A DISABLED student stripped of furlough pay has slammed the "unnecessary stress and worry" for the "thousands" slipping through the government's safety net.

Barman Chris Chamberlain from Evesham received pay through the first Covid-19 lockdown through the Coronavirus Job Retention Scheme but a takeover of the pub where he works, the Ivy Inn in North Littleton, meant he and his colleagues got ruled ineligible second time around.

Employers can claim up to 80 per cent of an employees wages provided they made a pay-as-you-earn real time information (PAYE RTI) submission to HMRC between March 20 and October 30.

The gov.uk website adds "this may differ where you have made employees redundant, or they stopped working for you on or after September 23 and you have subsequently re-employed them".

Mr Chamberlain's belief is that the new business filed his first month with the new company at the end of October, missing the deadline by a day and rendering meaningless his previous service to the same pub.

He has had an exchange with Mid Worcestershire MP Nigel Huddleston on the matter but feels dissatisfied with the response, highlighting that many will slip through similar cracks and into poverty having started new jobs.

“All of the staff in their other businesses, such as catering, are furloughed. They really wanted to be able to give us furlough but it was out of their hands,” said Mr Chamberlain, who studies history and religious studies at the University of Gloucestershire.

“I am fortunate in that I have some student finance but it does not go as far as people think. I am in receipt of PIP (Personal Independence Payment) but the reason I work is so I can study without stress and hassle.

“You cannot force people out of work and then refuse to pay them. It is not defensible morally."

Mr Chamberlain is registered disabled due to deformed knee joints and explained he could lose the use of his car if it fails its MOT this month due to not having the spare cash for any repairs.

“I need my car because I can’t walk very far," he added.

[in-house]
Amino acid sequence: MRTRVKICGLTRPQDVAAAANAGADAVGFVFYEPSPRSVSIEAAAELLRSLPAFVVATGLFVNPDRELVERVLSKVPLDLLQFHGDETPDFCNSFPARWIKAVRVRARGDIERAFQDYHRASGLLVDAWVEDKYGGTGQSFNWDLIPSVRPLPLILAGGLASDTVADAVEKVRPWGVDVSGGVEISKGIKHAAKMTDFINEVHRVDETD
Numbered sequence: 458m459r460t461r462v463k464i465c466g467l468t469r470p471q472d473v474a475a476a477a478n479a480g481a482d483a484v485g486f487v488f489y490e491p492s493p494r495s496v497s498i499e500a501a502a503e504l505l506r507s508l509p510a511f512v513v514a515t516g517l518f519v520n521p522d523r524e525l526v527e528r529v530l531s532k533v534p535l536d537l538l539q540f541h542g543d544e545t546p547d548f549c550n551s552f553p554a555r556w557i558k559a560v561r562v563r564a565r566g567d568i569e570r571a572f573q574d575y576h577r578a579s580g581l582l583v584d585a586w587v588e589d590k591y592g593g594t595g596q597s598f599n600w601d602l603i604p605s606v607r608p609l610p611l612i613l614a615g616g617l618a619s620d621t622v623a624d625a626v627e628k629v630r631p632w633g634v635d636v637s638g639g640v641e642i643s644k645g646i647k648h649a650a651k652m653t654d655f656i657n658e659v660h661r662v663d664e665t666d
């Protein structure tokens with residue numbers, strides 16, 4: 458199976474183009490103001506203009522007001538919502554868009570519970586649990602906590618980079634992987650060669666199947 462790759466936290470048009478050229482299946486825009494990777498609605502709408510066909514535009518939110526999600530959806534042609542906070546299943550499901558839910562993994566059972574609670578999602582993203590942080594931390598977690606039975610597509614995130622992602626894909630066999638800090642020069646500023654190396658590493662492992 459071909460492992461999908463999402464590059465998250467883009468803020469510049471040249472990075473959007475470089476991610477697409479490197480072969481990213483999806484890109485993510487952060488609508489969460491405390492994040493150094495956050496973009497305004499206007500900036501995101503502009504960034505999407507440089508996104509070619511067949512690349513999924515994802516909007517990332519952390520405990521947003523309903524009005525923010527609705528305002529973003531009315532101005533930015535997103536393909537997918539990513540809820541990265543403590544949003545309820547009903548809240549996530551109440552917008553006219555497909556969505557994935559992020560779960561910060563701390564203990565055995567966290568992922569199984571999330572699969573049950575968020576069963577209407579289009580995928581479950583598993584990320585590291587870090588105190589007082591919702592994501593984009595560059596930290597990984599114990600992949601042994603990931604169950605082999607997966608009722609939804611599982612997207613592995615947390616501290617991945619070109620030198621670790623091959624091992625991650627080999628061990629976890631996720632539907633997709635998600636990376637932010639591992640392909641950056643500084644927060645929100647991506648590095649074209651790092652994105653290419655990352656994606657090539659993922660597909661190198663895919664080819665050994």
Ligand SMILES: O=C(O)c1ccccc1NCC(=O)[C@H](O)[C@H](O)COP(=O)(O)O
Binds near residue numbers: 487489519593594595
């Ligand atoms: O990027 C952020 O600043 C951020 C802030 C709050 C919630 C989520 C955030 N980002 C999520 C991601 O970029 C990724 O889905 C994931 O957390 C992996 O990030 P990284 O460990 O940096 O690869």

On his interaction with Me Huddleston, Mr Chamberlain continued: “I have written to him quite a lot over the past 12 months and there was a particular line in his response which highlights how the government is fully aware of the situation.

“It says the government has to balance the need to protect jobs with preventing fraudulent use of the support scheme. Does that mean tough? Does that mean yes we know but we don’t care?

"It shows he is aware, he represents the government so the government must be aware. Surely he is in the loop. I have replied and I am still waiting for a response.

“I am in a fortunate situation, I have no dependents and live on my own. I have other forms of income, this is largely about the principle of it.

“We are helpless, there is nothing we can do until that cut-off date changes from October 30 and we don’t know when pubs are going to reopen. It is causing unnecessary stress and worry.

“We had the same issue with self-employed people being excluded and now here are even more, pretty much everyone who has started a new job is exempt from doing it.

“He represents us and we need his help and clarity on what it going to happen, are we going to receive what we deserve from the government?

“This isn’t about me, it is about everyone. There are thousands upon thousands of people potentially affected by this.

“How many other places and people are going through the same issue? It seems like a never-ending storm.”

Mr Huddleston said "it would be inappropriate to comment on individual constituency case work".

On the overall policy, he said: "I appreciate that this deadline is frustrating for those few who have fallen outside the scope of the scheme.

"As the financial secretary to the treasury Jesse Norman put it on November 13, the reason for the deadline of October 30 was because extending it would significantly increase the risk of abuse because the claim could not be confidently verified using the data after this point.

"There is, however, a safety net for those people that fall outside the main support schemes. This includes extra support for the welfare system, and both the Universal Credit standard allowance and the Working Tax Credit basic element have been increased by £1,000 per year until April.

"This is part of a package of measures that represents an injection of £9.3 billion into the welfare system.

"Finally, the government will be providing an update on wider Covid-19 economic support at the budget on March 3 and so I would urge my constituents to look out for any further announcements.”